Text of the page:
deprecated LookAt call. It was not orthogonal with Camera and World calls and I have never able to come up with a clear and concise explanation on how to use it. These are genuine signs of a flawed design. When I finally figured out that, in most cases, I could do the same thing with Python, it was just about time to remove it. The StructureSynth exporter and a few other generators have been overhauled to take this change into account. There is now a tiny script in $(XRT_HOME)/inputs, lookat.py, that takes care of computing the viewing transformation. A nice side effect is that, now, the StructureSynth exporter is compatible with Gelato.
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Bring da noise down
Posted: 08 Jan 2011 22:16
Tags: sampling
Computing a picture is basically sampling the world to reconstruct a signal (the color information). The question is: how many samples do you need ? Claude Shannon, in 1949, replied: "A signal can be reconstructed exactly if it is sampled, at least, at twice its maximum frequency". This minimum sampling frequency is called the Nyquist frequency. What happens if your sampling frequency is below that threshold ? You get geometrical, color or temporal aliasing (jaggies, Moiré patterns, wagon wheel effect) which is visually disturbing.
In the real world, geometric details range from kilometers to sub millimeters and light comes from all directions, there are abrupt geometric or color transitions which set the Nyquist frequency to very high values. Theoretically, you would need zillions of samples to remove aliasing. However, if you consider that your eye has even less sensors than the CCD of the average cellphone camera but still never ever aliases, it seems like Mother Nature has found a good solution. In 1983, Yellott had a decisive interview with a monkey [1].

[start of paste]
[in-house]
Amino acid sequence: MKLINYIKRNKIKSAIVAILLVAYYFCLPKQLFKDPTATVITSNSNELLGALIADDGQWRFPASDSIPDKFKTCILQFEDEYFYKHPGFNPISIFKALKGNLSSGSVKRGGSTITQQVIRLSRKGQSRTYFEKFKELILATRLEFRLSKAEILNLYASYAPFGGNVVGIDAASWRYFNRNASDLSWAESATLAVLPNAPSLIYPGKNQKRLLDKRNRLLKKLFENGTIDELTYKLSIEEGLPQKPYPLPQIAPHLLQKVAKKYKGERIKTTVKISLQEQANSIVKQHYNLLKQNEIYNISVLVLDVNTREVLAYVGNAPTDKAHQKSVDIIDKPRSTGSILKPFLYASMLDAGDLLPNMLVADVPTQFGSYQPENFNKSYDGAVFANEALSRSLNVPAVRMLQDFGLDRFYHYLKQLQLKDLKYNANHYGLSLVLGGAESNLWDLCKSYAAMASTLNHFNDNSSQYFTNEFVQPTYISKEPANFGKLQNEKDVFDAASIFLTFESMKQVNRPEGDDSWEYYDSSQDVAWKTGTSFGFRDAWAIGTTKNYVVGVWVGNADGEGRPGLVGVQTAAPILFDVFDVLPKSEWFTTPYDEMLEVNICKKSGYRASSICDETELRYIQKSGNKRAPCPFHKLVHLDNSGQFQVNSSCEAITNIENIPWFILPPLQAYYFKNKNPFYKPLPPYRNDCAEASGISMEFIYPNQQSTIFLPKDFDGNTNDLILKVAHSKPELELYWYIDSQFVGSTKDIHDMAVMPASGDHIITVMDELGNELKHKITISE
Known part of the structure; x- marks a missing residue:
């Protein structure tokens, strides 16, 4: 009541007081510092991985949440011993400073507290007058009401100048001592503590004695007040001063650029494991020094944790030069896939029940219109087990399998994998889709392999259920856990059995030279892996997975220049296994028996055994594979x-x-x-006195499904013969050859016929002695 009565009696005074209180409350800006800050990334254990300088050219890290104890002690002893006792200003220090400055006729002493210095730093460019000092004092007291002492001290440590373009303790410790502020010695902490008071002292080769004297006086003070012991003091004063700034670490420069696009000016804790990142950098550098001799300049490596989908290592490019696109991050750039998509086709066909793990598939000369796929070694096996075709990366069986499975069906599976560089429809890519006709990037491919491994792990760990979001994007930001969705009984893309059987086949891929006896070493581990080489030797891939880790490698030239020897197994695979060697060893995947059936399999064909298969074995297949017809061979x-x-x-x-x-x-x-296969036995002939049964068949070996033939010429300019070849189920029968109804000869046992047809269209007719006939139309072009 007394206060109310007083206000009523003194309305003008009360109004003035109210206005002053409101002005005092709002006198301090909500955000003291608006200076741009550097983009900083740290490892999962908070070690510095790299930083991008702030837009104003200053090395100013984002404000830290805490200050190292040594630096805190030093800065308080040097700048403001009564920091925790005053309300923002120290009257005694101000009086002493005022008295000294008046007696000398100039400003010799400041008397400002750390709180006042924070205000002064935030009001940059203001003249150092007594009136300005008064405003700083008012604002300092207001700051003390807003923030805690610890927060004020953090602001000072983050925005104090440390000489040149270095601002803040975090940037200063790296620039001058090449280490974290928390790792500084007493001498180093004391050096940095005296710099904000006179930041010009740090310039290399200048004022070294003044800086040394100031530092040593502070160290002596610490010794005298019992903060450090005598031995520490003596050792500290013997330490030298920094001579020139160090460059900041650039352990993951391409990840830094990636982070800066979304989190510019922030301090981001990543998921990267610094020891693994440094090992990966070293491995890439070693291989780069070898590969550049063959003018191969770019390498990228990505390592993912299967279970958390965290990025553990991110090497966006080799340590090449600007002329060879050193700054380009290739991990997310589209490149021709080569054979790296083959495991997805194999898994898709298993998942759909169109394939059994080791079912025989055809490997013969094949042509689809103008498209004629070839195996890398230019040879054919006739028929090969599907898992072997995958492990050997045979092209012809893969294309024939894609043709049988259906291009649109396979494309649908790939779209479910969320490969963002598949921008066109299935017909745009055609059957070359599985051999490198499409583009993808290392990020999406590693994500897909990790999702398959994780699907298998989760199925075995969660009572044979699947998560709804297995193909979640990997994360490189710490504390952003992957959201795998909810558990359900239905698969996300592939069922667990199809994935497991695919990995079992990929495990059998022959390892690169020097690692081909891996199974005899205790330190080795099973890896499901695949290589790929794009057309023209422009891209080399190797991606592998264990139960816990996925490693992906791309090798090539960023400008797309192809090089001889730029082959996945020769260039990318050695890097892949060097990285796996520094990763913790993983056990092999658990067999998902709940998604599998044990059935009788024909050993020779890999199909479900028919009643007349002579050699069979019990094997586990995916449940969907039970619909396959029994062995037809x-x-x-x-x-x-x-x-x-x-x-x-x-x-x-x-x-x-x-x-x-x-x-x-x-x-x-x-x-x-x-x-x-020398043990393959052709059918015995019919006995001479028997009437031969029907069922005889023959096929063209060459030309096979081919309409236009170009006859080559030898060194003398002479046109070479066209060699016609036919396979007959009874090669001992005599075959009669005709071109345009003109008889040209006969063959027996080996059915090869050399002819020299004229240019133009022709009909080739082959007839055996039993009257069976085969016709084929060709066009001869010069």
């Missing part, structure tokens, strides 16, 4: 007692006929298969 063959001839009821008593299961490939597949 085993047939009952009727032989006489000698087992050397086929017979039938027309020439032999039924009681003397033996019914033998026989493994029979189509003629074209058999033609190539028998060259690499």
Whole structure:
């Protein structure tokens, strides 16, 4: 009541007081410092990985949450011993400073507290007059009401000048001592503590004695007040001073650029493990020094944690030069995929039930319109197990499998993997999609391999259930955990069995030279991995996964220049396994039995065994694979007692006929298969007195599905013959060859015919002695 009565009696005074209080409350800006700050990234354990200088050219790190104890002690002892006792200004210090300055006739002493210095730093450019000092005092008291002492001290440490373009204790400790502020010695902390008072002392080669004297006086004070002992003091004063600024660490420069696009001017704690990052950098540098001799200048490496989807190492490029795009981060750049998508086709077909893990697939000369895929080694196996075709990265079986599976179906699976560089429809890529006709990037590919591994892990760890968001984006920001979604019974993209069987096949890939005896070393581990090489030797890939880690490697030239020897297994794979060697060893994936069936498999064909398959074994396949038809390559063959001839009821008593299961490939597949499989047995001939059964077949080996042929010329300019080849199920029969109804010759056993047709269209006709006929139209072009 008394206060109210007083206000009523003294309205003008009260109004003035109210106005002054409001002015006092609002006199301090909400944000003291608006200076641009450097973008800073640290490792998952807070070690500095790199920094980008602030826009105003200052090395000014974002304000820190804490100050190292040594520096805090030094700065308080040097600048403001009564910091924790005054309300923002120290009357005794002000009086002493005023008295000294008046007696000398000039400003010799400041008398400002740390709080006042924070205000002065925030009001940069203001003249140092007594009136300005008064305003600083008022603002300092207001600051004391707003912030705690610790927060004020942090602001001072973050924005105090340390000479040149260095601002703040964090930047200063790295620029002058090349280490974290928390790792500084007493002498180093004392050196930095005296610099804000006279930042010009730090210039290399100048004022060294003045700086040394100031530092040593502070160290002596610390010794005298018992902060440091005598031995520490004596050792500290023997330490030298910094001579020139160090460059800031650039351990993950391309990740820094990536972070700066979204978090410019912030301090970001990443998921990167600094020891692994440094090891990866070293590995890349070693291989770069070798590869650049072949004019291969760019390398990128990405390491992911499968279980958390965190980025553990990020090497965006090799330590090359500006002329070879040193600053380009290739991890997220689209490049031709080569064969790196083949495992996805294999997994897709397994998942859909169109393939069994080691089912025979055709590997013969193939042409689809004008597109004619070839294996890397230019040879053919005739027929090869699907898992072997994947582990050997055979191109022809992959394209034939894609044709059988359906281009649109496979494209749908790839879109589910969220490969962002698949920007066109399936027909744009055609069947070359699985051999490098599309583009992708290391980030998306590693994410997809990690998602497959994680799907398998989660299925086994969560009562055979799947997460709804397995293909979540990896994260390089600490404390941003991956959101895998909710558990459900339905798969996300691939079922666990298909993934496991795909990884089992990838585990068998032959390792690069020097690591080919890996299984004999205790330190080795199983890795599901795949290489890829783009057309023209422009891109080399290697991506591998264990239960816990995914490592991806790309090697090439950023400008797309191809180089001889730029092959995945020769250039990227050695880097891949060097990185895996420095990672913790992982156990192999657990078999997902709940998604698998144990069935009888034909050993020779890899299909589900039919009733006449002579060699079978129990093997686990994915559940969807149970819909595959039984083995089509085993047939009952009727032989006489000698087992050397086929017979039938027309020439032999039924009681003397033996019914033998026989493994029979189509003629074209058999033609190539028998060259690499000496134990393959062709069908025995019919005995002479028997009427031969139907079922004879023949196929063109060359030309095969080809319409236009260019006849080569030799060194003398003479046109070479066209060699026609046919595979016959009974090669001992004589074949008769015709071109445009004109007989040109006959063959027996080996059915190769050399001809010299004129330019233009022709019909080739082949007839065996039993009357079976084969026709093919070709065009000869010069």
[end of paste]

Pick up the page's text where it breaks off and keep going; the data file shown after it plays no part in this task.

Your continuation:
Monkey eye cone distribution 
At first sight, the cones only look like random dots. However, the frequency analysis of the spatial distribution is much more revealing.
Fourier transform 
This is a blue noise spectrum (or Poisson disk distribution) which has two interesting properties:
 there is no low frequency energy (the empty ring around the spike): there is always a minimum distance between samples.
 there is an equal amount of energy in higher frequencies (the white ring): samples are noisy but uniformly distributed